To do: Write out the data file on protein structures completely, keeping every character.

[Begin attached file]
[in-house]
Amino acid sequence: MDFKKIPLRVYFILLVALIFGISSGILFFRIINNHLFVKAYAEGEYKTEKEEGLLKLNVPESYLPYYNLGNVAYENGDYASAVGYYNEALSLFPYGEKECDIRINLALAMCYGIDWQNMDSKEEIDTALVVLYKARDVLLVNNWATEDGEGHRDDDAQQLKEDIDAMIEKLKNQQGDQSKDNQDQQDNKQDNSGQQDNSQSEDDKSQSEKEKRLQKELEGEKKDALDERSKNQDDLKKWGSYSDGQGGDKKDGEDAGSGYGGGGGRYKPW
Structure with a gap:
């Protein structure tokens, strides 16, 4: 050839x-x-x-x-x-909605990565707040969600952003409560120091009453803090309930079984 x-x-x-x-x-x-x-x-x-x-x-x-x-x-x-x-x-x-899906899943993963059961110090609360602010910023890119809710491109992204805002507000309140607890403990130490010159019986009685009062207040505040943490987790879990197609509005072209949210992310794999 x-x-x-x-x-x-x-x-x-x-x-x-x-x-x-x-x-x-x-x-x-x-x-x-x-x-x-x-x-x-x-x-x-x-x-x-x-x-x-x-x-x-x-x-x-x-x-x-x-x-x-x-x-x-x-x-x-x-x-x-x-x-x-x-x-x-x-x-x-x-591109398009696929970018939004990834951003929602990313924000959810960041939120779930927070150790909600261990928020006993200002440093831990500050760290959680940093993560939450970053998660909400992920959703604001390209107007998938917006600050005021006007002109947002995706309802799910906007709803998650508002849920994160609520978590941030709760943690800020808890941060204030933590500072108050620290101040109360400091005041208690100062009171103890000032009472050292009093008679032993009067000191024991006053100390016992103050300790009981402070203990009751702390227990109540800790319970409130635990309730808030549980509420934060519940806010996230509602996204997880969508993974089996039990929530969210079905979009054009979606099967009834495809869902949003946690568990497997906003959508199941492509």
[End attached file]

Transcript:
[in-house]
Amino acid sequence: MDFKKIPLRVYFILLVALIFGISSGILFFRIINNHLFVKAYAEGEYKTEKEEGLLKLNVPESYLPYYNLGNVAYENGDYASAVGYYNEALSLFPYGEKECDIRINLALAMCYGIDWQNMDSKEEIDTALVVLYKARDVLLVNNWATEDGEGHRDDDAQQLKEDIDAMIEKLKNQQGDQSKDNQDQQDNKQDNSGQQDNSQSEDDKSQSEKEKRLQKELEGEKKDALDERSKNQDDLKKWGSYSDGQGGDKKDGEDAGSGYGGGGGRYKPW
Structure with a gap:
């Protein structure tokens, strides 16, 4: 050839x-x-x-x-x-909605990565707040969600952003409560120091009453803090309930079984 x-x-x-x-x-x-x-x-x-x-x-x-x-x-x-x-x-x-899906899943993963059961110090609360602010910023890119809710491109992204805002507000309140607890403990130490010159019986009685009062207040505040943490987790879990197609509005072209949210992310794999 x-x-x-x-x-x-x-x-x-x-x-x-x-x-x-x-x-x-x-x-x-x-x-x-x-x-x-x-x-x-x-x-x-x-x-x-x-x-x-x-x-x-x-x-x-x-x-x-x-x-x-x-x-x-x-x-x-x-x-x-x-x-x-x-x-x-x-x-x-x-591109398009696929970018939004990834951003929602990313924000959810960041939120779930927070150790909600261990928020006993200002440093831990500050760290959680940093993560939450970053998660909400992920959703604001390209107007998938917006600050005021006007002109947002995706309802799910906007709803998650508002849920994160609520978590941030709760943690800020808890941060204030933590500072108050620290101040109360400091005041208690100062009171103890000032009472050292009093008679032993009067000191024991006053100390016992103050300790009981402070203990009751702390227990109540800790319970409130635990309730808030549980509420934060519940806010996230509602996204997880969508993974089996039990929530969210079905979009054009979606099967009834495809869902949003946690568990497997906003959508199941492509």